Children and Chess Games
When the game of chess first comes to mind we rarely think of young children. Generally, we associate the game of chess with older children and adults. However, recent studies indicate that there are several benefits to children playing chess. Chess is a reminder to all of us that traditional games are highly beneficial to children. Making chess a part of children’s extra curricular activities is a sure way to boost their intelligence and test scores.
Advantages of Children Playing Chess
Parents are constantly searching on ways to enhance their child’s education. Most often we focus heavily on skills that currently need to be developed while overlooking life skills. Chess is a game of strategy. So therefore, every piece on the board has its own unique movement, which makes the game complex. When a child is introduced to the game of chess it teaches the child to realize the challenges associated with the game. Children learn that there are several ways in which the pieces can be moved. Learning how to analyze each move improves math skills.
Life long skills are developed by playing chess. One important feature a child will learn in chess is the ability to interpret body language. Understanding body language and reading expressions during a game will assist in planning their strategy in advance. Although, this skill applies to chess, it is equally essential as adults. Having the ability to predict issues along with the consequences of actions in advance will teach reasoning.
If your child is overactive with a constant need to move, then playing chess would be to their advantage. Chess requires one to sit in one place and concentrate. For many, this allows them to be calmer children with less aggression. Being calm and observant is essential in the game of chess. A child has to learn how their opponent will play, and and remember their moves.
Benefits of Children Playing Chess
• Logical thinking is developed when playing chess. In order to play chess, it requires the understanding of logical strategy.
• Chess is a great game to enhance creativity. It encourages children to invent many combinations. Playing chess will teach them how to develop the best plan with endless possibilities.
• Independence is taught from playing chess. Chess forces you to use your own judgement to make important decisions. A crucial skill not only as a child but as an adult.
• Perseverance is one of the most important skills anyone could ever have. Not only as a child but as an adult as well. What better way than to teach this than through the game of chess! Chess clearly demonstrates that success is rewarded with hard work. It is so important for children to realize that this can only be accomplished with practice.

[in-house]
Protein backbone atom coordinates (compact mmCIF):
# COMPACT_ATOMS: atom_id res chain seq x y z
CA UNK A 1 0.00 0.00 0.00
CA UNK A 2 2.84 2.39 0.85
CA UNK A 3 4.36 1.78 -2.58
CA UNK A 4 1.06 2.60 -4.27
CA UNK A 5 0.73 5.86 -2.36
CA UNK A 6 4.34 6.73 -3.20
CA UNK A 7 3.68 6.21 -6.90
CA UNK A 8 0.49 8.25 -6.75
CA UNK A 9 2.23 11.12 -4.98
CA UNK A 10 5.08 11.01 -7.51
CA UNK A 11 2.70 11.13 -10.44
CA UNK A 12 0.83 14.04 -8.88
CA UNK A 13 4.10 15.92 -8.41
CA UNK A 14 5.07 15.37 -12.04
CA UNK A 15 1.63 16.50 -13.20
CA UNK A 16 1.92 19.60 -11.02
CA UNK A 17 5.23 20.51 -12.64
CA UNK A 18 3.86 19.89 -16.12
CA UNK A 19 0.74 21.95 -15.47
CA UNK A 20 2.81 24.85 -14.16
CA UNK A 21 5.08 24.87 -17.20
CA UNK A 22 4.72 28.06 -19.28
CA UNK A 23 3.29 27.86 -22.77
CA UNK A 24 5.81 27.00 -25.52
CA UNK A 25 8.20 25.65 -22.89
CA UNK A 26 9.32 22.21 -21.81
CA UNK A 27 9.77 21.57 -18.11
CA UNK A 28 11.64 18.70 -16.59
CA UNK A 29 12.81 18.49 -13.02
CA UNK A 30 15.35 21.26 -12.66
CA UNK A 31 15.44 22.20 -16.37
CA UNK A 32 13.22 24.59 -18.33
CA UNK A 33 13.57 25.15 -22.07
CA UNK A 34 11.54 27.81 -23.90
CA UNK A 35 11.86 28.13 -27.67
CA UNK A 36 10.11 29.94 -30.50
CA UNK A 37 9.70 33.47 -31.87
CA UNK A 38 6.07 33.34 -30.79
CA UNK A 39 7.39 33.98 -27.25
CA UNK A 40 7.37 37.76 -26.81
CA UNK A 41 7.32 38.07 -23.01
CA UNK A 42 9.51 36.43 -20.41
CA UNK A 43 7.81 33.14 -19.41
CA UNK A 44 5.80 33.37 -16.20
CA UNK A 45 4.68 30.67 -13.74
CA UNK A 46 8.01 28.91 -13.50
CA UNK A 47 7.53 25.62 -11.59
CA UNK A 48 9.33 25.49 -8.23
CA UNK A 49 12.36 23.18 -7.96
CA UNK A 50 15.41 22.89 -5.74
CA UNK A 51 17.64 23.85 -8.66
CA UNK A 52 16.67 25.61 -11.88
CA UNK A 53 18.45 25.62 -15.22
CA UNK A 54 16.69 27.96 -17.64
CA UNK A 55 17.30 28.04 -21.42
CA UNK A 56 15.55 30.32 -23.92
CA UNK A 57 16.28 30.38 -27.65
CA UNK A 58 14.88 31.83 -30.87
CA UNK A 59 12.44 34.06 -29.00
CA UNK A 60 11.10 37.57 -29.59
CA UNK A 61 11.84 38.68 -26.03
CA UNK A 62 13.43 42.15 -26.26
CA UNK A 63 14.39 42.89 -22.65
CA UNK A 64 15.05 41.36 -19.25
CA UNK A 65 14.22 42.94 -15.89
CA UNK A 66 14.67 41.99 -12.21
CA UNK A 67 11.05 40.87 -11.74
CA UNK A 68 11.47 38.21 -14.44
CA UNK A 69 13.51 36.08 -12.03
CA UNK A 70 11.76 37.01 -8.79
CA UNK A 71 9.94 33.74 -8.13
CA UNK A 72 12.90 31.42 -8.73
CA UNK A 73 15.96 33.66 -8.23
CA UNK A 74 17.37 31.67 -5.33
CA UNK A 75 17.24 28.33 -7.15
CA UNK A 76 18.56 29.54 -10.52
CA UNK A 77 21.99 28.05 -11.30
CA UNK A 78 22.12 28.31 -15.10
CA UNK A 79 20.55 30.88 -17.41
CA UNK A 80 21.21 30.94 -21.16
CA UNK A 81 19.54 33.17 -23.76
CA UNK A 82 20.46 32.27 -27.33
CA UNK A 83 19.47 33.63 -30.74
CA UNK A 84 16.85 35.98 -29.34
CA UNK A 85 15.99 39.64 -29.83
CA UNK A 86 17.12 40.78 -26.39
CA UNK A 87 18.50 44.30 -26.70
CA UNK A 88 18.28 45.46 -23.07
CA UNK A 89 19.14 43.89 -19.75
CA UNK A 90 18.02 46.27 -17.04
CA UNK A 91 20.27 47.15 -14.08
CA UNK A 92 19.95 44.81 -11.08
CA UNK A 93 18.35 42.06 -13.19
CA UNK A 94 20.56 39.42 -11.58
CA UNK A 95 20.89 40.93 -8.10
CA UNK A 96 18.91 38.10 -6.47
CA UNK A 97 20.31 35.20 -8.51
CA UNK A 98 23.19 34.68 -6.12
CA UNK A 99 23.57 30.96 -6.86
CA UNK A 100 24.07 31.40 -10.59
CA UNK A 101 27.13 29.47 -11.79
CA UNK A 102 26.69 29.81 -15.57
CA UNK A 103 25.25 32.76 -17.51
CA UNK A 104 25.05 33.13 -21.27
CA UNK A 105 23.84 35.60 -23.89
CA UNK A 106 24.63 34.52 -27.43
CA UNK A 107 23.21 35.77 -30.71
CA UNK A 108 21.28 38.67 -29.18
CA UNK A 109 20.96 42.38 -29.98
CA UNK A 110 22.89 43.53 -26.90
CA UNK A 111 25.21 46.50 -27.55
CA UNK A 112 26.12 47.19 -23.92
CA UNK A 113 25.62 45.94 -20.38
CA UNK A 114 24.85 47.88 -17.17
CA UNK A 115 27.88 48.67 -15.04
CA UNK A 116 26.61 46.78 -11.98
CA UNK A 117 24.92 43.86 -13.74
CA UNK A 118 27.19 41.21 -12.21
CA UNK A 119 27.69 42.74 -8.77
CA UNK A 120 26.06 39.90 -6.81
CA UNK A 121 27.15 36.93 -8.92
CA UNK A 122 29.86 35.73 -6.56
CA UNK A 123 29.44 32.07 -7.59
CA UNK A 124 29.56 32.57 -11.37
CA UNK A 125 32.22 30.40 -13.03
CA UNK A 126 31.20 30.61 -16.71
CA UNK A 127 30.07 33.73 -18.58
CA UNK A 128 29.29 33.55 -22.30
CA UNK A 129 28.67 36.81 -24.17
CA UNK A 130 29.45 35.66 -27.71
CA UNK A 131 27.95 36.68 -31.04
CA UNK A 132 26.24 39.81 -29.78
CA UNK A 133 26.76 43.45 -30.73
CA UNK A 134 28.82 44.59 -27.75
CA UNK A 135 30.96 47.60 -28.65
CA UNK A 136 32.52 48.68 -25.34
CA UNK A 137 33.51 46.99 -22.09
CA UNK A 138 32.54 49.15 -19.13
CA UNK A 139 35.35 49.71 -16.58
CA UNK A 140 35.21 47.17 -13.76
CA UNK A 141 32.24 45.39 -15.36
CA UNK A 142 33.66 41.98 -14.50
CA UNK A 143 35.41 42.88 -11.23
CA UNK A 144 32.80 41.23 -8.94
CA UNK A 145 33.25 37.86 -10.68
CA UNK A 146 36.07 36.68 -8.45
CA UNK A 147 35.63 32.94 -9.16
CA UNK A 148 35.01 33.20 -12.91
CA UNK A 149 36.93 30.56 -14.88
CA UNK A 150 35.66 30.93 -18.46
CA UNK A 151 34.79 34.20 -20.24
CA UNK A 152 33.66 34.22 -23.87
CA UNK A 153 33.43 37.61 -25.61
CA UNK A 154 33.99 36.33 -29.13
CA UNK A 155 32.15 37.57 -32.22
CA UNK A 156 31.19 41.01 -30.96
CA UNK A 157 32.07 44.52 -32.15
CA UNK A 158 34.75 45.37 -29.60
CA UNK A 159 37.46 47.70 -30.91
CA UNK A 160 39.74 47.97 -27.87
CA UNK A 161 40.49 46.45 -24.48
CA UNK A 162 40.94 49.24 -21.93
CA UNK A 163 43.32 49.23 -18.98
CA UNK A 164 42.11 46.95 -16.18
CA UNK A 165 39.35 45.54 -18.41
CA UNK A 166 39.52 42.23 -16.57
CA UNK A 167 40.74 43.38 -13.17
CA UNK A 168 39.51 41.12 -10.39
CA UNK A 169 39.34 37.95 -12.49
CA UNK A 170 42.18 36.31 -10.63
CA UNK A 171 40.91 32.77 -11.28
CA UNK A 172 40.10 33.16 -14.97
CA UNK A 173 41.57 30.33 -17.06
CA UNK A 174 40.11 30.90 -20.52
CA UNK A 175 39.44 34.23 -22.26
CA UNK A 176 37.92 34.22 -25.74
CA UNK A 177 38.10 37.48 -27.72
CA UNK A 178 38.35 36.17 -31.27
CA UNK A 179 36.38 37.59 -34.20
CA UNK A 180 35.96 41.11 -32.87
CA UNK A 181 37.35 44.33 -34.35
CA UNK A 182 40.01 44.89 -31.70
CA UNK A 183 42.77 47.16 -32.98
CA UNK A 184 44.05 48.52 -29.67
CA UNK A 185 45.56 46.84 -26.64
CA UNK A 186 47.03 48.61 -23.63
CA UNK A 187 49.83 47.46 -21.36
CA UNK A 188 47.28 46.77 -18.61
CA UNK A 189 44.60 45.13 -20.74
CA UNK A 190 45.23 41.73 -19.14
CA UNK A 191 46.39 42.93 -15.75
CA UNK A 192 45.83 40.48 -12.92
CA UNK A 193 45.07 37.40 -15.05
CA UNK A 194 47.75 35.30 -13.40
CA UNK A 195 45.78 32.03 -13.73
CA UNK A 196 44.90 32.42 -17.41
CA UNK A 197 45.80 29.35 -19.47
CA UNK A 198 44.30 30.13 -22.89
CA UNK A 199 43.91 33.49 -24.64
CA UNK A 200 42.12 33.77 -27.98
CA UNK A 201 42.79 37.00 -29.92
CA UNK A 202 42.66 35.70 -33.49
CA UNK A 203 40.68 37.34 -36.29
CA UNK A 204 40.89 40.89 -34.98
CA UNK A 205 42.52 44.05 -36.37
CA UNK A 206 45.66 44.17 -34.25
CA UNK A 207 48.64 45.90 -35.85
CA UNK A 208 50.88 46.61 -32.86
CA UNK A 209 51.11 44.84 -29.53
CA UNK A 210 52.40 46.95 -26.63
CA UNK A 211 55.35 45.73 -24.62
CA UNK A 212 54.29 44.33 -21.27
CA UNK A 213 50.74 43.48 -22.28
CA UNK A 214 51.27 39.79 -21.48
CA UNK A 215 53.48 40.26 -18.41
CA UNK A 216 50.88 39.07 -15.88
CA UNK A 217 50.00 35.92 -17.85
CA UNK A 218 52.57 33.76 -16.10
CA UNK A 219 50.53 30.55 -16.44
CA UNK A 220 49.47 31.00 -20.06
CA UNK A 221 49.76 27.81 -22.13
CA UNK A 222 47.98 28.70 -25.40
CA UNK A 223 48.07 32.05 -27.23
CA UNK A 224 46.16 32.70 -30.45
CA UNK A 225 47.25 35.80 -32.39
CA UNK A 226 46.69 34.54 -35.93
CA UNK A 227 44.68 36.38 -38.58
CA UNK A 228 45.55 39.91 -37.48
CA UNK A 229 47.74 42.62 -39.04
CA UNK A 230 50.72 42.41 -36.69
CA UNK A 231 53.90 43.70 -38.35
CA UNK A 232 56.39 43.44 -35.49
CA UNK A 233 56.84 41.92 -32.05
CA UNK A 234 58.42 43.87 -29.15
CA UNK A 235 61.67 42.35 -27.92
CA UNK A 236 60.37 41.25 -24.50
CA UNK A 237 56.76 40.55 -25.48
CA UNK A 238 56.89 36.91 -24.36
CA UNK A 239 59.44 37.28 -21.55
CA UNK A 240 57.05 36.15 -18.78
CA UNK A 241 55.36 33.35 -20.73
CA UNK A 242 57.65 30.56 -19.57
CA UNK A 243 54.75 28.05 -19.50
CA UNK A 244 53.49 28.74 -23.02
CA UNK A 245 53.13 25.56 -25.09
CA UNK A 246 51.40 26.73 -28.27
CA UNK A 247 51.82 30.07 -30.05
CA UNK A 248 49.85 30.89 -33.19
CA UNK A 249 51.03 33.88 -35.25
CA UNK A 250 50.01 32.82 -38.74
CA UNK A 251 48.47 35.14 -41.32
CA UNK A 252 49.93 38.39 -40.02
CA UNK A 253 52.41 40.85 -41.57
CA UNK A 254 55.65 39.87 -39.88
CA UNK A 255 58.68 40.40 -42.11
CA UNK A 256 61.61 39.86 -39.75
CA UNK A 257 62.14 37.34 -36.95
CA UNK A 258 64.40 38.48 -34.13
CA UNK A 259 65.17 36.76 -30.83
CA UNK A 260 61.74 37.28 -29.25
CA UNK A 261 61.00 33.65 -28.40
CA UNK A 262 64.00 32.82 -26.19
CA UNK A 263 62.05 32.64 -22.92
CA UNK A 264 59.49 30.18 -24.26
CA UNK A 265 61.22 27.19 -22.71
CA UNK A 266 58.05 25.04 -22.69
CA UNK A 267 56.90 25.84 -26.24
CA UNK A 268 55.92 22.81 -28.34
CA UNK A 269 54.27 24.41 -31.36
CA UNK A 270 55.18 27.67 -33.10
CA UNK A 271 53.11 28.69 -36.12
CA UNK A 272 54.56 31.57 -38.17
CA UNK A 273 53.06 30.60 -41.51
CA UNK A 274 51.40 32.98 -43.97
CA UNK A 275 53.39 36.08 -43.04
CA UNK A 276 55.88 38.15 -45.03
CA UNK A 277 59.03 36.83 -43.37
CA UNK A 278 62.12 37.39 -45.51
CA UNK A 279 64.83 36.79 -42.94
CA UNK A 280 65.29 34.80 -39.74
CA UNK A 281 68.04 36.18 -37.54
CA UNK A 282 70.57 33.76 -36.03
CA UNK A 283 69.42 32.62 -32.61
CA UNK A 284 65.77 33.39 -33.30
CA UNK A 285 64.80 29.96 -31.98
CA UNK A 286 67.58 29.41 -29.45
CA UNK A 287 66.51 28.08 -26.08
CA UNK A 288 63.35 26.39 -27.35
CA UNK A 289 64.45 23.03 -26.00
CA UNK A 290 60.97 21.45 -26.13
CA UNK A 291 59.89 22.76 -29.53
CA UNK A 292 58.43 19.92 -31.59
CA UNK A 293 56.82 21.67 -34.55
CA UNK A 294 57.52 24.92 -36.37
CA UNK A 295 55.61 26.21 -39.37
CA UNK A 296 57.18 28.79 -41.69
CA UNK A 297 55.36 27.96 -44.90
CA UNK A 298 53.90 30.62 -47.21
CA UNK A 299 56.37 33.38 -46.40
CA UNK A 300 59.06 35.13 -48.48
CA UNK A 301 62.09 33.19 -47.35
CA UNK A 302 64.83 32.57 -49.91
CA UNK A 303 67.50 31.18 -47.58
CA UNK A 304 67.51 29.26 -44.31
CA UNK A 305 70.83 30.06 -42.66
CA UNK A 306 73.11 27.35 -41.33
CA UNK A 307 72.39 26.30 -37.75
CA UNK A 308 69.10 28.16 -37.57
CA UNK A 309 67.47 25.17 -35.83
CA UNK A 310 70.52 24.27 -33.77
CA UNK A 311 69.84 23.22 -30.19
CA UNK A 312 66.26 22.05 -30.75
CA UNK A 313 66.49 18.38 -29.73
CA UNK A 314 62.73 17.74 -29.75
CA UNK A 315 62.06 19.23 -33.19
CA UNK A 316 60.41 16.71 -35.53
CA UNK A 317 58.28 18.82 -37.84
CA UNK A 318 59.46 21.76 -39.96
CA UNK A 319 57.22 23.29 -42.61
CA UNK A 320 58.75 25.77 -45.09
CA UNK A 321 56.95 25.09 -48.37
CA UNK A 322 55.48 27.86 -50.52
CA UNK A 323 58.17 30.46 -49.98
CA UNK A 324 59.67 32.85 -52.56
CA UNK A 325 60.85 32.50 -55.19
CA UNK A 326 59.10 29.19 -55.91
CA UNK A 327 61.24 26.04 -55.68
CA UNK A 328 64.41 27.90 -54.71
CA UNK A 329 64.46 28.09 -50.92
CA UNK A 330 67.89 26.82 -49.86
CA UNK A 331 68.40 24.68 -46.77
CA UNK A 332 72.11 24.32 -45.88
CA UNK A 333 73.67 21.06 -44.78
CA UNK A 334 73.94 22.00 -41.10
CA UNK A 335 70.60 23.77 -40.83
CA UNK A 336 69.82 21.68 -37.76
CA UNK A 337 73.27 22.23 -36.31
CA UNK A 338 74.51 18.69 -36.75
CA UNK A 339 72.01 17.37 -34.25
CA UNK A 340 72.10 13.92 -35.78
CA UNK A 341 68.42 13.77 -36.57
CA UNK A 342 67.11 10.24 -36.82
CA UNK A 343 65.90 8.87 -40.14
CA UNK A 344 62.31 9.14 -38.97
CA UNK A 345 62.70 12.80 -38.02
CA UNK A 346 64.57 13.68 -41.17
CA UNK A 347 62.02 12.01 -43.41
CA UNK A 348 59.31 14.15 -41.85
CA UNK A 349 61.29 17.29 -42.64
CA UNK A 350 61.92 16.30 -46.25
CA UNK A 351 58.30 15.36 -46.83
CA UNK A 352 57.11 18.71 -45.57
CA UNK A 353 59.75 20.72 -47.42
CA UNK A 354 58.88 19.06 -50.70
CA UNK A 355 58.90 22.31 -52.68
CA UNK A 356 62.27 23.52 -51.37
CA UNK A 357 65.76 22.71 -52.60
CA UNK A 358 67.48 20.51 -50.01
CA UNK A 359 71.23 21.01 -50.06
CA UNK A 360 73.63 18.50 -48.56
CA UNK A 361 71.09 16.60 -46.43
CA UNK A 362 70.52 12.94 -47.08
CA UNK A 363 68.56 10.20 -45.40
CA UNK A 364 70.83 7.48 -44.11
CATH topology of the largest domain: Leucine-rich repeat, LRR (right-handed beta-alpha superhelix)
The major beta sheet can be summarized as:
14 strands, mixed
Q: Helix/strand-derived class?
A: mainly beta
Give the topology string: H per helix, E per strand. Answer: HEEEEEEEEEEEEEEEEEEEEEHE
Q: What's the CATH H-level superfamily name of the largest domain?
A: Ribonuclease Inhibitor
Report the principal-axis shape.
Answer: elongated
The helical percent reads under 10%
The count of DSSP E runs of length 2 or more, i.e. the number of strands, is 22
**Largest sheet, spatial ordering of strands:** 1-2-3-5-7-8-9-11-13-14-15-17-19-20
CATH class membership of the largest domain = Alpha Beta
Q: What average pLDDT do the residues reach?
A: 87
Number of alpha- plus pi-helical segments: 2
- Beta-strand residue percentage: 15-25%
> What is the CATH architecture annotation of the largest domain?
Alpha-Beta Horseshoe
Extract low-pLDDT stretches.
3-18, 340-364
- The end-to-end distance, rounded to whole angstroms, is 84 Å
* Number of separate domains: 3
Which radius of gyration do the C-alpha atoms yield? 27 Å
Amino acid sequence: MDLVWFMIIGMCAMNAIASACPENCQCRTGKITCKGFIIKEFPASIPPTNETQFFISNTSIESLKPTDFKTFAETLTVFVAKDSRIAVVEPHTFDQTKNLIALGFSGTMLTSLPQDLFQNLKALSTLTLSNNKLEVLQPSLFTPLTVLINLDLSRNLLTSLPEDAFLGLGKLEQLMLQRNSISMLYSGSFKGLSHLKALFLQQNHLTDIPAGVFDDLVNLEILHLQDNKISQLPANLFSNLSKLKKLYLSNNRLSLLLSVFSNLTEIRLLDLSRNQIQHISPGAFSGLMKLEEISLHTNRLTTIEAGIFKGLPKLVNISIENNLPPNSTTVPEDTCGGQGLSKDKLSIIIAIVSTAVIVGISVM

• Chess plays an important role in improving science, and math. Playing science helps children with scientific thinking skills, such as exploring new ideas, predicting outcomes, producing several variations in your head, and most importantly you have a hypothesis and test it. Math is improved because there are a large number of calculations in chess. This greatly improves math because it requires a child to calculate in their head without relying on a machine to do it for them.
• What better way to have fun and improve grades and test scores at the same time! Chess will do just that. When children play chess, they test higher in reading and math. Generally, children who play chess have more success at learning during their primary years and in college.
Keep Children Interested in Chess
Now that your child has expressed an interest in chess, you are wondering how do I keep them interested and engaged. This is commonly asked by parents during the time in which their child is developing skills they need to be successful at playing chess. Here are some helpful suggestions for parents.
• Have children at the same level play entire games together.
• You can turn the board around during the game. This can be done after a certain number of moves have been made, or if it is requested by the child. It is suggested that it be done 2 or 3 times during the game.
• The adult can play touch-move on the computer, so if it is touched on the computer then it still has to be moved.
• Allow the child an opportunity to undo a move a couple of times and take another direction.
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